Emmett Till Interpretive Center

The Emmett Till Interpretive Center’s museum in Sumner has been closed since the onset of the COVID-19 pandemic. In order to continue engaging with people, the center has released an interview series featuring Delta residents’ thoughts on living through the pandemic.

The Emmett Till Interpretive Center in Sumner has had to find another way to engage with people after it was forced to close its museum and cancel tours of the Sumner Courthouse due to the COVID-19 pandemic. 

“We figured one way to do that would be through social media and digital platforms. We were able to use that pivot to create these series of ministories,” Benjamin Saulsberry, the center’s museum director, said.

The series of videos, called, “Surviving and Thriving: COVID-19 in the Mississippi Delta,” features interviews with Delta residents who share their thoughts about living through a pandemic.

The six episodes produced so far include interviews with Saulsberry as well as with Patrick Weems, the executive director of the center.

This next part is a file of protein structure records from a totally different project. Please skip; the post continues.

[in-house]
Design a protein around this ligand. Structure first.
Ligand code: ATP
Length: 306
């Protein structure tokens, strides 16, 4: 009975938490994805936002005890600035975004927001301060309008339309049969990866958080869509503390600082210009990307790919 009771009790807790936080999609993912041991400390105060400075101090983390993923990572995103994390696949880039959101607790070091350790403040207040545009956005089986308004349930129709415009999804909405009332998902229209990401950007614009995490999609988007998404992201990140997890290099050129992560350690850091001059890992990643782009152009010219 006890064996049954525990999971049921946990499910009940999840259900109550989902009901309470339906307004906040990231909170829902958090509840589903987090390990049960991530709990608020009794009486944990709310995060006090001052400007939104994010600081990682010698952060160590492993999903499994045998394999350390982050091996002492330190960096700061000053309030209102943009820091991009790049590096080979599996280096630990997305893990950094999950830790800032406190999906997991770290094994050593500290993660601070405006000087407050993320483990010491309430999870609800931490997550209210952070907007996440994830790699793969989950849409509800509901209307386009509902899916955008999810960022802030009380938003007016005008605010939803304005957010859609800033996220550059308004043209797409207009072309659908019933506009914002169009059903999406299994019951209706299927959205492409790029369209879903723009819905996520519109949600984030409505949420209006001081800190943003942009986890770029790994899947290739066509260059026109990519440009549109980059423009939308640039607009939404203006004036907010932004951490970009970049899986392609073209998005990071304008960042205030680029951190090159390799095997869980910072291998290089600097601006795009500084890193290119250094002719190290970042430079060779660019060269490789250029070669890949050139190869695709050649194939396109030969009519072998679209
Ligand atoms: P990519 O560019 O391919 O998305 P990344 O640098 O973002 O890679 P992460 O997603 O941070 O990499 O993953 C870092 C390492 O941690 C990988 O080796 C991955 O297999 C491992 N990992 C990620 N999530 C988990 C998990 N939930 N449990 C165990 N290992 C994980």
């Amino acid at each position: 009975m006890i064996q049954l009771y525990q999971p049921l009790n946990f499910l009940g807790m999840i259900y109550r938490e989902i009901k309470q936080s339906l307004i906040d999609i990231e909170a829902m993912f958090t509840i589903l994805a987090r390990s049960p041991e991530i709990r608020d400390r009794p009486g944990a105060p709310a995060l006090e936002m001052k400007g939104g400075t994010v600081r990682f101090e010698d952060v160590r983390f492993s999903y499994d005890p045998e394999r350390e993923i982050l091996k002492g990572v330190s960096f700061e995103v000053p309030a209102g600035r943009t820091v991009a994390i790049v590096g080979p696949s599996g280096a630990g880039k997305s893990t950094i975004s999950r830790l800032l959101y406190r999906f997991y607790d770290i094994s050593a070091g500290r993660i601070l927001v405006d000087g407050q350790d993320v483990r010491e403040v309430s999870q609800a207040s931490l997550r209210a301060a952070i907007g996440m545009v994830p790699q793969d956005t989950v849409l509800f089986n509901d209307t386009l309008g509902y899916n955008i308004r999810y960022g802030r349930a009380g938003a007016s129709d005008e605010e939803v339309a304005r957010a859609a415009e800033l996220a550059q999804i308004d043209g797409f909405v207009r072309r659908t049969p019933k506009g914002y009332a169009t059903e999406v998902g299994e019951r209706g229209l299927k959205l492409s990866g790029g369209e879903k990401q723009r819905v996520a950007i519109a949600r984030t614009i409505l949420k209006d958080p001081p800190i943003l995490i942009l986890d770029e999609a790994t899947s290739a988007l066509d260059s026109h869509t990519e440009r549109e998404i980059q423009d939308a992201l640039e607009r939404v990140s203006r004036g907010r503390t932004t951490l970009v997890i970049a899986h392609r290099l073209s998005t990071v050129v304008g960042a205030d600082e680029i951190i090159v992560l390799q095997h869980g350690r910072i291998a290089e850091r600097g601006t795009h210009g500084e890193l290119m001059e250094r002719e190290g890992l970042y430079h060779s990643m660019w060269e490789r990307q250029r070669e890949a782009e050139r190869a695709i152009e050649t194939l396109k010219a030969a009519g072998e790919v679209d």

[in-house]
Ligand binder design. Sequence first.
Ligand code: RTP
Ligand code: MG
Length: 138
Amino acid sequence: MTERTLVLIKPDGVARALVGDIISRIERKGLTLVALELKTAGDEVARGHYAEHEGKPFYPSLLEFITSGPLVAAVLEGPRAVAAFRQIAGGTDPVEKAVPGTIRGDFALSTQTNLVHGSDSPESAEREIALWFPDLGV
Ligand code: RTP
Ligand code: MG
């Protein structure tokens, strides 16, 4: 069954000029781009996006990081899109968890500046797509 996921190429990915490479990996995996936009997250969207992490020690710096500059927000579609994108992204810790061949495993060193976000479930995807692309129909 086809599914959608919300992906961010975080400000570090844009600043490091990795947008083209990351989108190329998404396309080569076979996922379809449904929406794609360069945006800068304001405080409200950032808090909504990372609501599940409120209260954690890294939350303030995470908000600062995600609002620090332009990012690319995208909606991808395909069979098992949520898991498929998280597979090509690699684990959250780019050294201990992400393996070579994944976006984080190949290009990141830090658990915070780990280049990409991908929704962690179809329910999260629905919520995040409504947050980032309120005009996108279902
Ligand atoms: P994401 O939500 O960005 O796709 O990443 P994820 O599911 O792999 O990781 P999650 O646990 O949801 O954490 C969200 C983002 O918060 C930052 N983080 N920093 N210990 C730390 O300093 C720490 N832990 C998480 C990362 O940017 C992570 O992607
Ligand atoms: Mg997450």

Also interviewed are two Greenwood residents, Dash Brown, a videographer, and Desmond Smith, a Greenwood Leflore Hospital worker and part-time executive assistant for the WGNL/WGNG radio stations.

The mission of the center, which opened up in 2015, is to build racial reconciliation by teaching the story of Emmett Till. He was a Black Chicago youth who, while visiting relatives in Money in 1955, was kidnapped, tortured and killed after whisting at a white female shopkeeper.

The center had been giving personal tours and holding group discussions at its museum as well as giving tours at the Sumner Courthouse, where the trial of Emmett Till’s murderers took place.

After the pandemic began, the center closed its museum and suspended in-person tours of the Sumner Courthouse. Saulsberry said the center still encourages people to take self-guided Emmett Till tours by using the Emmett Till Memory Project smartphone app, which the center helped develop.

Although the center remains closed, Saulsberry said there are other digital projects in the works that may come out next year. These may include a series in which Saulsberry or another staff member of the center discuss the topic of racial reconciliation or even a podcast, though the topic of a possible podcast has yet to be determined.

“Surviving and Thriving” may be viewed at www.emmett-till.org/covid-in-the-delta or on the Emmett Till Interpretive Center’s Facebook page.

• Contact Gerard Edic at 581-7239 or gedic@gwcommonwealth.com.

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